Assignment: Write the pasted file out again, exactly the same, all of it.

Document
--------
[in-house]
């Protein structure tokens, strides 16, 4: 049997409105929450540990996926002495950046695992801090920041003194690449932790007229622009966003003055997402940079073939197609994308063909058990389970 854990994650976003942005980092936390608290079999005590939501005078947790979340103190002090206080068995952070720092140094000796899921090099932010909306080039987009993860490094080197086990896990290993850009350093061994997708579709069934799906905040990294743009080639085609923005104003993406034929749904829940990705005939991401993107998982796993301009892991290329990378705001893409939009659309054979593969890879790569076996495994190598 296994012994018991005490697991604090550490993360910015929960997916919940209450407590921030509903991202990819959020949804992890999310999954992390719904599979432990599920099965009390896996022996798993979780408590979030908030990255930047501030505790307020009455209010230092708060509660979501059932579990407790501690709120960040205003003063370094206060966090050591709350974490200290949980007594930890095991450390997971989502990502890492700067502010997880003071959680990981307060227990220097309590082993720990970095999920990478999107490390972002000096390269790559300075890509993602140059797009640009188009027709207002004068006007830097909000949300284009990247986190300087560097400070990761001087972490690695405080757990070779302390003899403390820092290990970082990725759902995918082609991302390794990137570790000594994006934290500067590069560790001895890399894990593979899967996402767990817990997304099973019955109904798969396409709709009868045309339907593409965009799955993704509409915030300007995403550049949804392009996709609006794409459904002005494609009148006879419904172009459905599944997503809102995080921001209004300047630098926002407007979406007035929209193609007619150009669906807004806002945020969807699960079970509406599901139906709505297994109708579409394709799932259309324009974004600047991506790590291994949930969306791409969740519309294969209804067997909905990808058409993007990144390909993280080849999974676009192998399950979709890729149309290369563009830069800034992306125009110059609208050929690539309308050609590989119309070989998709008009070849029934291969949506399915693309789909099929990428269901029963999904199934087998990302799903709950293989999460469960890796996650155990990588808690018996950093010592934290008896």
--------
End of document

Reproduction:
[in-house]
């Protein structure tokens, strides 16, 4: 049997409105929450540990996926002495950046695992801090920041003194690449932790007229622009966003003055997402940079073939197609994308063909058990389970 854990994650976003942005980092936390608290079999005590939501005078947790979340103190002090206080068995952070720092140094000796899921090099932010909306080039987009993860490094080197086990896990290993850009350093061994997708579709069934799906905040990294743009080639085609923005104003993406034929749904829940990705005939991401993107998982796993301009892991290329990378705001893409939009659309054979593969890879790569076996495994190598 296994012994018991005490697991604090550490993360910015929960997916919940209450407590921030509903991202990819959020949804992890999310999954992390719904599979432990599920099965009390896996022996798993979780408590979030908030990255930047501030505790307020009455209010230092708060509660979501059932579990407790501690709120960040205003003063370094206060966090050591709350974490200290949980007594930890095991450390997971989502990502890492700067502010997880003071959680990981307060227990220097309590082993720990970095999920990478999107490390972002000096390269790559300075890509993602140059797009640009188009027709207002004068006007830097909000949300284009990247986190300087560097400070990761001087972490690695405080757990070779302390003899403390820092290990970082990725759902995918082609991302390794990137570790000594994006934290500067590069560790001895890399894990593979899967996402767990817990997304099973019955109904798969396409709709009868045309339907593409965009799955993704509409915030300007995403550049949804392009996709609006794409459904002005494609009148006879419904172009459905599944997503809102995080921001209004300047630098926002407007979406007035929209193609007619150009669906807004806002945020969807699960079970509406599901139906709505297994109708579409394709799932259309324009974004600047991506790590291994949930969306791409969740519309294969209804067997909905990808058409993007990144390909993280080849999974676009192998399950979709890729149309290369563009830069800034992306125009110059609208050929690539309308050609590989119309070989998709008009070849029934291969949506399915693309789909099929990428269901029963999904199934087998990302799903709950293989999460469960890796996650155990990588808690018996950093010592934290008896």